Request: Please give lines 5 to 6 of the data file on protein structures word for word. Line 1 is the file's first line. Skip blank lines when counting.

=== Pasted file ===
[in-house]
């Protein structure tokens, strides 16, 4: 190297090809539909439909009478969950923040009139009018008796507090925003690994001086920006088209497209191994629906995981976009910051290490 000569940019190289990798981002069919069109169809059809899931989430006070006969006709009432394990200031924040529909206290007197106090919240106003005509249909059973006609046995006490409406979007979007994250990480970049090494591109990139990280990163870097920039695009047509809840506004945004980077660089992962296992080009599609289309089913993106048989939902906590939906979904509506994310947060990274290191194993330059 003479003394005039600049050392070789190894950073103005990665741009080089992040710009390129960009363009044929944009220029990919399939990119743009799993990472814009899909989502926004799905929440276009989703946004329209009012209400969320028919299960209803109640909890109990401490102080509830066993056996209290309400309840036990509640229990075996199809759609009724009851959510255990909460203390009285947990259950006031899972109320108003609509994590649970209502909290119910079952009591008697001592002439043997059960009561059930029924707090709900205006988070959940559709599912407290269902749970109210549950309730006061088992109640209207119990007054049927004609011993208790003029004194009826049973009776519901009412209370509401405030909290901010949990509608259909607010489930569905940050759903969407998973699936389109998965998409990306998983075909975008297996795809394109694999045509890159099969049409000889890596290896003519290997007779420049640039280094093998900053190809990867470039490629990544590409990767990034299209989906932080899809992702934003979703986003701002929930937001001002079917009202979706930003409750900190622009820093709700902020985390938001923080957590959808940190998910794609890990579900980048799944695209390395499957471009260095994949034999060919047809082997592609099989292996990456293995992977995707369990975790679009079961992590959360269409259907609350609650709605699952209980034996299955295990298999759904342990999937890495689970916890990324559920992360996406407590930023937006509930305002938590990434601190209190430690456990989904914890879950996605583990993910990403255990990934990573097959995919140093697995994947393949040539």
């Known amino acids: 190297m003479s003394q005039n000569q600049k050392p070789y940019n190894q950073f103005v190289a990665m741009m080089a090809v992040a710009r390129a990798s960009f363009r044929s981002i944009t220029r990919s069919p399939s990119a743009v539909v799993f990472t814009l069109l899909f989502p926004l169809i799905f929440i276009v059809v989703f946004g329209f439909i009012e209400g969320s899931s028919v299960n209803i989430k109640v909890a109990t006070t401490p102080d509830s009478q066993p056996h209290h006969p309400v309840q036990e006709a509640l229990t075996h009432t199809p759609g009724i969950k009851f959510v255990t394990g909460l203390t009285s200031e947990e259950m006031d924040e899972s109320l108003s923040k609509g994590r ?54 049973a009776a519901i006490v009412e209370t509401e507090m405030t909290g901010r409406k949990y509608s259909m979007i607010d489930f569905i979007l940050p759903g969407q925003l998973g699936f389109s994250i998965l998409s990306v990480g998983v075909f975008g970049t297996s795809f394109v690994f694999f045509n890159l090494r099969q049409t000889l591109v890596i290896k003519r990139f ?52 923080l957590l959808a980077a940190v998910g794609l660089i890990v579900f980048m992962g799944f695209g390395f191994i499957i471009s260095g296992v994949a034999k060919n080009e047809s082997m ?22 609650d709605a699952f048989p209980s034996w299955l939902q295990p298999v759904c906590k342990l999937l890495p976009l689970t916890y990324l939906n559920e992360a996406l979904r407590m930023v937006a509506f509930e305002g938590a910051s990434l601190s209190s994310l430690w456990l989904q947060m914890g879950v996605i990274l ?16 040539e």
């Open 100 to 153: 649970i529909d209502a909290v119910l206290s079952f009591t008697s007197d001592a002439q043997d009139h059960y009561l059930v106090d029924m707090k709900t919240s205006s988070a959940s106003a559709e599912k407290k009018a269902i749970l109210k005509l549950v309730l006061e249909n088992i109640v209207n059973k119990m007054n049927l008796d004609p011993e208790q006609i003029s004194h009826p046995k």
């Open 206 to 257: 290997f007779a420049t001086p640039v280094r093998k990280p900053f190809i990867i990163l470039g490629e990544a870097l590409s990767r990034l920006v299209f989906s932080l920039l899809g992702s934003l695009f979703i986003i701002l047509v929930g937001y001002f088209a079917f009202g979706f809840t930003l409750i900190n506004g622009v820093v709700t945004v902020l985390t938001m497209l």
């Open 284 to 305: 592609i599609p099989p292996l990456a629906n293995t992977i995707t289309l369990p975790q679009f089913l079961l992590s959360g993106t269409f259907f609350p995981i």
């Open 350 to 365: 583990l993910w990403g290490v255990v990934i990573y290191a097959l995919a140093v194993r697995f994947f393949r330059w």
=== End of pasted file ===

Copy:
């Open 206 to 257: 290997f007779a420049t001086p640039v280094r093998k990280p900053f190809i990867i990163l470039g490629e990544a870097l590409s990767r990034l920006v299209f989906s932080l920039l899809g992702s934003l695009f979703i986003i701002l047509v929930g937001y001002f088209a079917f009202g979706f809840t930003l409750i900190n506004g622009v820093v709700t945004v902020l985390t938001m497209l």
């Open 284 to 305: 592609i599609p099989p292996l990456a629906n293995t992977i995707t289309l369990p975790q679009f089913l079961l992590s959360g993106t269409f259907f609350p995981i």